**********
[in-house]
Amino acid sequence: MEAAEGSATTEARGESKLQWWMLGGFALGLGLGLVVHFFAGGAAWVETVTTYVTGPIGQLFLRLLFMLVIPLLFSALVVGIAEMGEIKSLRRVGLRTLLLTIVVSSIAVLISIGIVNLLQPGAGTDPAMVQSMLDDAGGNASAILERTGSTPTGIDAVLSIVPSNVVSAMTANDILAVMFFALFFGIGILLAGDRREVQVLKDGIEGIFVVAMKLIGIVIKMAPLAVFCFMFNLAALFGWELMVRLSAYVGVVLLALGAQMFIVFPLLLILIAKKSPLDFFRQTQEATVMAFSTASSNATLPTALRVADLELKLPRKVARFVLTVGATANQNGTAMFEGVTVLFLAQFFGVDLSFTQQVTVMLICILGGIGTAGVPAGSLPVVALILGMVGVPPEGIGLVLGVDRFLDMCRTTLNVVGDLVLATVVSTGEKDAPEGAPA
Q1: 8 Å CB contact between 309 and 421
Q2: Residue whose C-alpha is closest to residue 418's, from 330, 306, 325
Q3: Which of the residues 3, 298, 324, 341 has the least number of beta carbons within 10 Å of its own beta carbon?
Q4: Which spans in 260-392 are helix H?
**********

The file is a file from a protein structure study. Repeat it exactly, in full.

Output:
[in-house]
Amino acid sequence: MEAAEGSATTEARGESKLQWWMLGGFALGLGLGLVVHFFAGGAAWVETVTTYVTGPIGQLFLRLLFMLVIPLLFSALVVGIAEMGEIKSLRRVGLRTLLLTIVVSSIAVLISIGIVNLLQPGAGTDPAMVQSMLDDAGGNASAILERTGSTPTGIDAVLSIVPSNVVSAMTANDILAVMFFALFFGIGILLAGDRREVQVLKDGIEGIFVVAMKLIGIVIKMAPLAVFCFMFNLAALFGWELMVRLSAYVGVVLLALGAQMFIVFPLLLILIAKKSPLDFFRQTQEATVMAFSTASSNATLPTALRVADLELKLPRKVARFVLTVGATANQNGTAMFEGVTVLFLAQFFGVDLSFTQQVTVMLICILGGIGTAGVPAGSLPVVALILGMVGVPPEGIGLVLGVDRFLDMCRTTLNVVGDLVLATVVSTGEKDAPEGAPA
Q1: 8 Å CB contact between 309 and 421
Q2: Residue whose C-alpha is closest to residue 418's, from 330, 306, 325
Q3: Which of the residues 3, 298, 324, 341 has the least number of beta carbons within 10 Å of its own beta carbon?
Q4: Which spans in 260-392 are helix H?